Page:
Today, the city council will discuss settling a long-standing lawsuit with developers over a provision that is intended to preserve open space and farmland within large developments. As it stands, the Agriculture Mitigation Ordinance requires developers to acquire conservation agreement for land equivalent to the size of the development for projects over 40 acres. Under 40 acres, developers can pay a fee of $10,000 per acre instead. As part of the settlement, developers would like to remove the 40 acre restriction and be able to pay the fee regardless of acreage.* The distinction won’t make much of a difference, according to sources in the Record article, but the real story here is, why is the city allowing the conversion of farmland at all? Continue reading
Recently, the US Conference of Mayors commissioned a study which included the projected growth of nearly all US metro areas by 2042, including Stockton. The report predicted that our area will surpass one million residents– 1,077,200 to be exact– in thirty years, which puts the region’s growth rate at a whopping 52.5%. Going through the data, two thoughts came to mind.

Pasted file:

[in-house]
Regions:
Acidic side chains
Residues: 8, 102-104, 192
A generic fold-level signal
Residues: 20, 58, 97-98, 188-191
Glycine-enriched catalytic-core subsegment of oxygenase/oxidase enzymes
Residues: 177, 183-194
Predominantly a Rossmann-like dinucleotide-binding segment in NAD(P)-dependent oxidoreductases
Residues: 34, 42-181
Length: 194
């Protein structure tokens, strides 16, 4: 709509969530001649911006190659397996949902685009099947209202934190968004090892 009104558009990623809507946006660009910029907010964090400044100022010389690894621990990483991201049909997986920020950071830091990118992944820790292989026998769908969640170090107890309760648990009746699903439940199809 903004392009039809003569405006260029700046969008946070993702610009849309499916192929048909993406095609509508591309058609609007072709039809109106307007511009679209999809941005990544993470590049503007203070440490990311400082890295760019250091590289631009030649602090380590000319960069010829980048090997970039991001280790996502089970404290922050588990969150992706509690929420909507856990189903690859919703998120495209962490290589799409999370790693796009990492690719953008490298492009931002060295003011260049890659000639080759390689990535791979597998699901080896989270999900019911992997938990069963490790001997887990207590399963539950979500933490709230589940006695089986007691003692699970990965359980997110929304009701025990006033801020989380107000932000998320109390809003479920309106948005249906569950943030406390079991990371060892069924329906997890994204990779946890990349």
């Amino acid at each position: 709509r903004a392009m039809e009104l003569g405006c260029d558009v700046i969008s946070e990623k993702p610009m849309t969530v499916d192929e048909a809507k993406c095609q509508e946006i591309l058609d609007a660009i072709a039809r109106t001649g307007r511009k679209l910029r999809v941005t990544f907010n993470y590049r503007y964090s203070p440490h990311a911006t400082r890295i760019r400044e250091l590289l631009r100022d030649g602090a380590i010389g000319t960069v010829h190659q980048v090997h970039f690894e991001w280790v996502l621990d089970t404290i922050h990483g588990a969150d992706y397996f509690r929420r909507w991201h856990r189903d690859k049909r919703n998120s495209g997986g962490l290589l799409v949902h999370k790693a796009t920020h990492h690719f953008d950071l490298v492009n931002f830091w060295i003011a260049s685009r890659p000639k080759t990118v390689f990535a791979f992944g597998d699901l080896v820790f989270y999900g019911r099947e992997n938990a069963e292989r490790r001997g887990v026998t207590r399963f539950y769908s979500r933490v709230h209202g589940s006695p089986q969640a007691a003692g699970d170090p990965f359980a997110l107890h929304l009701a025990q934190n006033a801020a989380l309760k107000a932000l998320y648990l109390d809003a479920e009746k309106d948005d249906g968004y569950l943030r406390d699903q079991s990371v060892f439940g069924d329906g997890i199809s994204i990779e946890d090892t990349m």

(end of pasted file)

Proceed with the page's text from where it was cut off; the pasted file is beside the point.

First, no place that is “miserable” would actually grow by 50% in thirty years. But more importantly, where will all these people live? Continue reading
Driving down highway 99 on a recent trip through the Central Valley, Joe Minicozzi saw a highway sign for downtown Stockton and decided to take a short detour into the city. On his way downtown by way surface streets, Minicozzi witnessed what many Stockton residents deal with on a daily basis: prostitution, homelessness, run-down buildings. Minicozzi sees these kinds of conditions in many of the communities he visits. But instead of judging Stockton based on what he observed on the ground, Minicozzi saw the city’s real potential when he looked up, where tall, historic buildings hide a potential economic boon. It’s these structures, and a return to valuing downtown development, that offer Stockton a path forward. Continue reading